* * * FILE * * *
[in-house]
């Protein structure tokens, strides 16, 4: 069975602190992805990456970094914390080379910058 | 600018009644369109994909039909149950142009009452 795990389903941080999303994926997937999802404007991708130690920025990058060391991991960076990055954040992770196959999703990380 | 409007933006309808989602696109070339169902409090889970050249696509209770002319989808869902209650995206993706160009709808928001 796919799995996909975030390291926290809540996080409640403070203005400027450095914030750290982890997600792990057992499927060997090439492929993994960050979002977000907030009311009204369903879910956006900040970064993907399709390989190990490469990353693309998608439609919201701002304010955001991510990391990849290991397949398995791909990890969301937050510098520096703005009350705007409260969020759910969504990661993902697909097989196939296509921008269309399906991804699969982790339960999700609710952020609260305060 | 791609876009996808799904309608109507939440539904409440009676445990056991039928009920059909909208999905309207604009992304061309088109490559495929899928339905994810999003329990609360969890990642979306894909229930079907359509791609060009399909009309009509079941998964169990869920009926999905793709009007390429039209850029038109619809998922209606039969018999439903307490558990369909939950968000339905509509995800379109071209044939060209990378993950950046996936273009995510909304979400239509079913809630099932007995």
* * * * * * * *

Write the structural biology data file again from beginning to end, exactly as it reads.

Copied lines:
[in-house]
């Protein structure tokens, strides 16, 4: 069975602190992805990456970094914390080379910058 | 600018009644369109994909039909149950142009009452 795990389903941080999303994926997937999802404007991708130690920025990058060391991991960076990055954040992770196959999703990380 | 409007933006309808989602696109070339169902409090889970050249696509209770002319989808869902209650995206993706160009709808928001 796919799995996909975030390291926290809540996080409640403070203005400027450095914030750290982890997600792990057992499927060997090439492929993994960050979002977000907030009311009204369903879910956006900040970064993907399709390989190990490469990353693309998608439609919201701002304010955001991510990391990849290991397949398995791909990890969301937050510098520096703005009350705007409260969020759910969504990661993902697909097989196939296509921008269309399906991804699969982790339960999700609710952020609260305060 | 791609876009996808799904309608109507939440539904409440009676445990056991039928009920059909909208999905309207604009992304061309088109490559495929899928339905994810999003329990609360969890990642979306894909229930079907359509791609060009399909009309009509079941998964169990869920009926999905793709009007390429039209850029038109619809998922209606039969018999439903307490558990369909939950968000339905509509995800379109071209044939060209990378993950950046996936273009995510909304979400239509079913809630099932007995």